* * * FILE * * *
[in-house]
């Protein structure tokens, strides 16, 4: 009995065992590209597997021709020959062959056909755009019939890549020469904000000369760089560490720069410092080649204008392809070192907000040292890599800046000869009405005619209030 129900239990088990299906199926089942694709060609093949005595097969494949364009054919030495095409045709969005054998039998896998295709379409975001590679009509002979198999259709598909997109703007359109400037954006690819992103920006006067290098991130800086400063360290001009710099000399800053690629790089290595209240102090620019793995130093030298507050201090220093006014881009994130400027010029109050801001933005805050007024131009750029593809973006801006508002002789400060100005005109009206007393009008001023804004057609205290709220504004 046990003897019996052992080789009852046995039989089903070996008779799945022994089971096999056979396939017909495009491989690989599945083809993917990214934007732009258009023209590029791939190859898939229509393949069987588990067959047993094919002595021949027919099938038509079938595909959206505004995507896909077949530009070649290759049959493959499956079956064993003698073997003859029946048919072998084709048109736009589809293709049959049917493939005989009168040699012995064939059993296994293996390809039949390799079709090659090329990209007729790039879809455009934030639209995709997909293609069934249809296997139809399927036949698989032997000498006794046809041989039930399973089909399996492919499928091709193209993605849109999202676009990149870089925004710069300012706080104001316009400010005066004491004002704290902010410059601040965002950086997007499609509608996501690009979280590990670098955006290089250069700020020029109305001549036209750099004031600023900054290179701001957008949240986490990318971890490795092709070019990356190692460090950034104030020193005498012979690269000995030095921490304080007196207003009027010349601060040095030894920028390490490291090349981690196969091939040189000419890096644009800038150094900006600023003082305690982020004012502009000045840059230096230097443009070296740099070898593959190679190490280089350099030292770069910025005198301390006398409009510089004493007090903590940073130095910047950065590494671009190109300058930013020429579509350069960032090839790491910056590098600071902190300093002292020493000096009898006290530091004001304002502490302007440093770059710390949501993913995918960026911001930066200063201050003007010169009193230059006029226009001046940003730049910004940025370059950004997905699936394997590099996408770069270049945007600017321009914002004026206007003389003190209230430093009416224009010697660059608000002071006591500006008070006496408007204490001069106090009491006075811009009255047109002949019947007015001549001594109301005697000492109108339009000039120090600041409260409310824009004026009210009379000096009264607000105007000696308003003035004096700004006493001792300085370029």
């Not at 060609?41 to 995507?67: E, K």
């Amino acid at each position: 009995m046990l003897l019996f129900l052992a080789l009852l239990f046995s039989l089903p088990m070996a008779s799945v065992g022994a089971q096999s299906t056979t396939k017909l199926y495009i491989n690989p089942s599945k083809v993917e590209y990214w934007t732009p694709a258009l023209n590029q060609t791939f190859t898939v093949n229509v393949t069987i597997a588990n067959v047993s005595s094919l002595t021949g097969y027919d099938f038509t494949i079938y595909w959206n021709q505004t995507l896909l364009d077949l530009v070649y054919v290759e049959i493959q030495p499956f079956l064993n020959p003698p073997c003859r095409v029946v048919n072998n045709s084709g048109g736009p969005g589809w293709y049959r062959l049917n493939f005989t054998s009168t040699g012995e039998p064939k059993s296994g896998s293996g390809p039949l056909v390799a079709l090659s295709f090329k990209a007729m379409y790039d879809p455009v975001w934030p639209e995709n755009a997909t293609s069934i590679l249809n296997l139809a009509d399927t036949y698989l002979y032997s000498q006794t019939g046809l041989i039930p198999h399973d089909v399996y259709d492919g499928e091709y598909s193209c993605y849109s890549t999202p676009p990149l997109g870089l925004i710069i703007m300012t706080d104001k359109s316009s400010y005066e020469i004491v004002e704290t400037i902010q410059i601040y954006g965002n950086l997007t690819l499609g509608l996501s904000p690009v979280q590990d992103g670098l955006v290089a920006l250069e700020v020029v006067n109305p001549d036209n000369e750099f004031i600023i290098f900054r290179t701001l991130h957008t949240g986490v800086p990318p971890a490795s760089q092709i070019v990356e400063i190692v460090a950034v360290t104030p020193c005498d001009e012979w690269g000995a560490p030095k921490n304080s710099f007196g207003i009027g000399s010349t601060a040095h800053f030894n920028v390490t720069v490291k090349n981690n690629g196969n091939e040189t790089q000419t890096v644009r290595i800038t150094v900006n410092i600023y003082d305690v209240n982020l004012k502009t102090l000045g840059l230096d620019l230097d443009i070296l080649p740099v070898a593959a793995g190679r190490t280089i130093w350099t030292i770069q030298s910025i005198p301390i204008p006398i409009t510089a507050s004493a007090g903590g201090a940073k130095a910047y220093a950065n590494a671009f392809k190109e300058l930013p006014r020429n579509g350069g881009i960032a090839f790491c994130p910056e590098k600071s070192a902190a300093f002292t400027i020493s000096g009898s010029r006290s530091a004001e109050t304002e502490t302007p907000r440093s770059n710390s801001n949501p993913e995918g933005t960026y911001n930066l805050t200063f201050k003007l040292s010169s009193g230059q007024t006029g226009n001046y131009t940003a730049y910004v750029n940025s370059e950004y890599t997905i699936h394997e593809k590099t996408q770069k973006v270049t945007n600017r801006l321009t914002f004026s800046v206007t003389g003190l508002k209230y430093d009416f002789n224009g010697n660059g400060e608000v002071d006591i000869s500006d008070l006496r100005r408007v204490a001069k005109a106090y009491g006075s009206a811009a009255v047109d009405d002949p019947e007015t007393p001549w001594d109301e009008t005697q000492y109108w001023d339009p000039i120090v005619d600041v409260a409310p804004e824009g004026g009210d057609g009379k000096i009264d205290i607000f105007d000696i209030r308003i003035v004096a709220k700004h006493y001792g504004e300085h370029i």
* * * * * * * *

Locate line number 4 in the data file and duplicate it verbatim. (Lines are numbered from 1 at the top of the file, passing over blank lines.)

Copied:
């Amino acid at each position: 009995m046990l003897l019996f129900l052992a080789l009852l239990f046995s039989l089903p088990m070996a008779s799945v065992g022994a089971q096999s299906t056979t396939k017909l199926y495009i491989n690989p089942s599945k083809v993917e590209y990214w934007t732009p694709a258009l023209n590029q060609t791939f190859t898939v093949n229509v393949t069987i597997a588990n067959v047993s005595s094919l002595t021949g097969y027919d099938f038509t494949i079938y595909w959206n021709q505004t995507l896909l364009d077949l530009v070649y054919v290759e049959i493959q030495p499956f079956l064993n020959p003698p073997c003859r095409v029946v048919n072998n045709s084709g048109g736009p969005g589809w293709y049959r062959l049917n493939f005989t054998s009168t040699g012995e039998p064939k059993s296994g896998s293996g390809p039949l056909v390799a079709l090659s295709f090329k990209a007729m379409y790039d879809p455009v975001w934030p639209e995709n755009a997909t293609s069934i590679l249809n296997l139809a009509d399927t036949y698989l002979y032997s000498q006794t019939g046809l041989i039930p198999h399973d089909v399996y259709d492919g499928e091709y598909s193209c993605y849109s890549t999202p676009p990149l997109g870089l925004i710069i703007m300012t706080d104001k359109s316009s400010y005066e020469i004491v004002e704290t400037i902010q410059i601040y954006g965002n950086l997007t690819l499609g509608l996501s904000p690009v979280q590990d992103g670098l955006v290089a920006l250069e700020v020029v006067n109305p001549d036209n000369e750099f004031i600023i290098f900054r290179t701001l991130h957008t949240g986490v800086p990318p971890a490795s760089q092709i070019v990356e400063i190692v460090a950034v360290t104030p020193c005498d001009e012979w690269g000995a560490p030095k921490n304080s710099f007196g207003i009027g000399s010349t601060a040095h800053f030894n920028v390490t720069v490291k090349n981690n690629g196969n091939e040189t790089q000419t890096v644009r290595i800038t150094v900006n410092i600023y003082d305690v209240n982020l004012k502009t102090l000045g840059l230096d620019l230097d443009i070296l080649p740099v070898a593959a793995g190679r190490t280089i130093w350099t030292i770069q030298s910025i005198p301390i204008p006398i409009t510089a507050s004493a007090g903590g201090a940073k130095a910047y220093a950065n590494a671009f392809k190109e300058l930013p006014r020429n579509g350069g881009i960032a090839f790491c994130p910056e590098k600071s070192a902190a300093f002292t400027i020493s000096g009898s010029r006290s530091a004001e109050t304002e502490t302007p907000r440093s770059n710390s801001n949501p993913e995918g933005t960026y911001n930066l805050t200063f201050k003007l040292s010169s009193g230059q007024t006029g226009n001046y131009t940003a730049y910004v750029n940025s370059e950004y890599t997905i699936h394997e593809k590099t996408q770069k973006v270049t945007n600017r801006l321009t914002f004026s800046v206007t003389g003190l508002k209230y430093d009416f002789n224009g010697n660059g400060e608000v002071d006591i000869s500006d008070l006496r100005r408007v204490a001069k005109a106090y009491g006075s009206a811009a009255v047109d009405d002949p019947e007015t007393p001549w001594d109301e009008t005697q000492y109108w001023d339009p000039i120090v005619d600041v409260a409310p804004e824009g004026g009210d057609g009379k000096i009264d205290i607000f105007d000696i209030r308003i003035v004096a709220k700004h006493y001792g504004e300085h370029i």